Amanda has created and taught English/ESL curricula worldwide, has an M.Ed, and is the current ESOL Coordinator for the Saint Louis Public School District.
Is Anybody Out There?
As a teacher, you've probably been in the situation where you're the only one talking, despite your best efforts to get your ESL students engaged in conversation. The more you try to lighten the mood, the more embarrassed they become (for you), which then leads you further away from the goal of class discussion. This lesson will go over some ideas to get your students talking, then explore some questions to spark class discussion on the topic of crime.
Getting ESL Students Talking
Are you having trouble getting your ESL students to talk in class? It's important to create environments where students don't feel self-conscious or worried about making mistakes while speaking. After all, it can be very intimidating to speak a second language, so make sure your classroom environment is one that:
- encourages students to try without being mocked for their mistakes
- respects and supports one another's differences, interests, and abilities
- praises efforts and accomplishments, no matter how small
- fosters a sense of peer support and teamwork
When students feel they can speak up, make mistakes, and still receive support, they will be more likely to engage in conversation or classroom discussions. Consider including personal references and relevance into classroom discussions. You might use questionnaires or whole-group general questions to find ways to relate discussions to your students' personal lives. This can help students see how the conversations really matter and mean something to them.
When your students are comfortable with one another and comfortable using their English speaking skills, it's time to introduce conversation topics. Each time a topic is introduced, have your new vocabulary lists ready. Go over the vocabulary words, place them on cue cards, and then post them so students can refer to the vocabulary terms as needed. This builds vocabulary recognition and comprehension, which will make maintaining conversations much easier for your students.
When introducing the topic of crime, the same idea goes: Write out the unfamiliar vocabulary words and be sure to build up comprehension before student conversations begin. Some words you may want to consider are:
Once, you have completed vocabulary lessons and students demonstrate understanding, you are ready to move forward with some categorized questioning.
Question Strategies and Questions
When it comes time for students to start the conversation process, have them answer questions on questionnaire worksheets, conduct a think-pair-share with partners, or go round-robin in a small group setting. By keeping the conversation settings small, students will feel less overwhelmed and intimidated. Thus, they may be more likely to voice their ideas.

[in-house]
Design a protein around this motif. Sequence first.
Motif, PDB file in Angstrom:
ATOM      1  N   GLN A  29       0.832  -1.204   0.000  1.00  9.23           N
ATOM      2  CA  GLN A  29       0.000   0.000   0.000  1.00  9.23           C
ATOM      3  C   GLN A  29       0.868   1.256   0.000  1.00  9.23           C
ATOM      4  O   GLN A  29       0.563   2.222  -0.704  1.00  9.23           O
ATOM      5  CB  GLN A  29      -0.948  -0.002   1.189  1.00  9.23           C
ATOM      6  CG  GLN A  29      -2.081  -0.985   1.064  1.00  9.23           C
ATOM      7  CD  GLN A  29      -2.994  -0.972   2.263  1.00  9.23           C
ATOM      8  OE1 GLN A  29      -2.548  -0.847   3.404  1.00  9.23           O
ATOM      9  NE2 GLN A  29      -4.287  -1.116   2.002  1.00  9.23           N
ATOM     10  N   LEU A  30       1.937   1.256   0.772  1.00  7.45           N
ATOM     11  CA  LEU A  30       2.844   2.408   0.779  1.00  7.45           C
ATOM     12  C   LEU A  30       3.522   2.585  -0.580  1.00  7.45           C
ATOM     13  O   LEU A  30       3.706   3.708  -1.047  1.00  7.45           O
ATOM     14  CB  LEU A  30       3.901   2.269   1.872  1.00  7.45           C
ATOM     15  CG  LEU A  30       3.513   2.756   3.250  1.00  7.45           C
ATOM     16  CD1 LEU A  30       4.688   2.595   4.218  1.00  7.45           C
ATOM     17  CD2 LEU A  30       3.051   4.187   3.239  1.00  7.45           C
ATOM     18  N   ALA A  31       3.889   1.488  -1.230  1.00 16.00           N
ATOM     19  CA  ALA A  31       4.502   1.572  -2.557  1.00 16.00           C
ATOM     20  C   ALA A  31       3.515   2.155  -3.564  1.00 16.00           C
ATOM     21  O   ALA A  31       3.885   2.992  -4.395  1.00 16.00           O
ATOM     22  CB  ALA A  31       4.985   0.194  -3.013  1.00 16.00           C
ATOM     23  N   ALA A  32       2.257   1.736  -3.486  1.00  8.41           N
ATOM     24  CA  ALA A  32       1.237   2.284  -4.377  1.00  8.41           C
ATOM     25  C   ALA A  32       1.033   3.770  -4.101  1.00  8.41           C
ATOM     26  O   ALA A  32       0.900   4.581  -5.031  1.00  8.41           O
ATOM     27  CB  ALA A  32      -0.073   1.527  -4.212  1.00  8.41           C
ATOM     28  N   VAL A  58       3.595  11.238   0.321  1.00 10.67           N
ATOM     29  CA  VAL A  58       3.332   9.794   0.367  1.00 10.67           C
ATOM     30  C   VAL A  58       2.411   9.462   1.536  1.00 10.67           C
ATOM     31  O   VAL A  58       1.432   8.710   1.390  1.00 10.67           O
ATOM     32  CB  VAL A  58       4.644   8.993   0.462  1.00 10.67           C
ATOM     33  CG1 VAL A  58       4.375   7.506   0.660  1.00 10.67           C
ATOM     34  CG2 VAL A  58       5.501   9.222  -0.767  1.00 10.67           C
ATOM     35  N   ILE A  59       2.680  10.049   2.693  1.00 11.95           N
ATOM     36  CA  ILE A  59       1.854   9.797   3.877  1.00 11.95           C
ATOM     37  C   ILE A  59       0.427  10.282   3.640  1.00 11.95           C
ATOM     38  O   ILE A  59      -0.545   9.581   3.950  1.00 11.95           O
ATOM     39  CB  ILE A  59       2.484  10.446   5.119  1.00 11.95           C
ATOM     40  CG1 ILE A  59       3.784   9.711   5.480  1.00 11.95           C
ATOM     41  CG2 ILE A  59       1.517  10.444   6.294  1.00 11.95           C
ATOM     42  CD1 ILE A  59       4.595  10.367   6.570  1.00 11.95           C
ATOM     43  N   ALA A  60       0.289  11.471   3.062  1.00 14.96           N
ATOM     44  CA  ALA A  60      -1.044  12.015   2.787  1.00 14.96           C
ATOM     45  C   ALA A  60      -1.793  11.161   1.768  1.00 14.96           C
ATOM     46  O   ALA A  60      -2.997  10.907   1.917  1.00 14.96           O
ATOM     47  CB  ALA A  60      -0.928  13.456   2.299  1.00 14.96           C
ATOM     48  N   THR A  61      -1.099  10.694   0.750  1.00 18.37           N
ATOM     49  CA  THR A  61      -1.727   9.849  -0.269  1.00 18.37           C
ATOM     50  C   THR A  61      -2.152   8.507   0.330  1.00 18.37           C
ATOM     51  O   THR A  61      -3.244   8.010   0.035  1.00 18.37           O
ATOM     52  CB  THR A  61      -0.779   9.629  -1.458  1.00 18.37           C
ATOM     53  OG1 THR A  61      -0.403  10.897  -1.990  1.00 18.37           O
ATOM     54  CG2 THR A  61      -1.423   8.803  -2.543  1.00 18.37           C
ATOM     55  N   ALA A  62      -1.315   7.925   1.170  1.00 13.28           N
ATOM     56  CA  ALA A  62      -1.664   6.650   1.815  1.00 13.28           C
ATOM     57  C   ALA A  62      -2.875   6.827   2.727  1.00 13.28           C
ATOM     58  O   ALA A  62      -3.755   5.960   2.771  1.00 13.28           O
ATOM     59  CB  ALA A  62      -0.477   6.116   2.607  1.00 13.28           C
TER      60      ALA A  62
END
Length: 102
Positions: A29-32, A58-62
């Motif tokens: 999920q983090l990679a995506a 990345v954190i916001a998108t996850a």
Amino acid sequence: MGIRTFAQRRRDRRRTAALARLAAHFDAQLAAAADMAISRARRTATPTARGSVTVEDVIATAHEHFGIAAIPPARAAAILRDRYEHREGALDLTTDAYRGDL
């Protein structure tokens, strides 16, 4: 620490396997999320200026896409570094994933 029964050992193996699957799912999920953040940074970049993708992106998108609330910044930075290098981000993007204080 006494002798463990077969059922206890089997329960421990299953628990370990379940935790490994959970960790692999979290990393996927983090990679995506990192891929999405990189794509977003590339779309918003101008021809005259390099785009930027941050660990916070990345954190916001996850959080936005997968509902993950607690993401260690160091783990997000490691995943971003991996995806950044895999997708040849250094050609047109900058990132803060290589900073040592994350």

Rather than just listing a ton of questions, sort questions into sub-categories to keep students on task, while also encouraging them to dig a little deeper into the topic being studied. By asking a handful of higher-order questions, rather than a long list of close-ended questions, students will learn more because they'll be delving further into the topic of crime. Consider using the following lists of question, divided by category, to discuss crime with your ESL students.
Perception of Crime
- Is crime a serious problem where you live?
- Do you feel the police do a good job in your country/community? Why or why not?
- What is the purpose of prison?
- What is the biggest crime story in the news right now?
- Do you watch the news or follow the crimes that happen in your community? Why or why not?
- Do you think people should carry a gun to stay safe?
- Do you believe in the death penalty? Why or why not?
- If a person acts in self-defense and hurts their attacker, should they be punished?
- Is prison too easy on criminals? Why or why not?
- What would you do if someone ever broke into your house?
- Would harsher punishments reduce crime? Why or why not?
- Is prison the best solution for criminals? If not, what is a better solution? Why?
- Is the rate of crime getting better or getting worse? Why do you think this?
- How can we lower the rate of crime for our future generations?
- Aside from prison, what forms of punishment should criminals face? Why?
Causes of Crime
- Do television shows and movies encourage crime or illegal behaviors?
- Do people become criminals as a result of their environment? Why or why not?
- If someone commits one crime, are they more likely to continue committing crimes in the future? Why or why not?
- What is the worst crime that can be committed? How would you punish that crime?
- What are the main causes for crime?
Conversation is a big part of the language learning process, which is why it should be incorporated in the daily classroom routine. Creating a supportive and encouraging classroom environment is a great step toward encouraging students to participate in group discussions and conversations. Personalizing topics so students can find meaning in what is being learned may also heighten student engagement and involvement.
Try to use a variety of conversation strategies, including think-pair-share and round-robin with small groups, to help build students' conversation skills and comfort level. Organizing questions into sub-categories is a great idea, as this allows your students to delve deeply into the topic through higher-order questioning. Taking the time to talk through questions and discuss one another's perspectives is what the art of conversation is all about, after all. Give these ideas and questions a try to see if they work for your class! Good luck!
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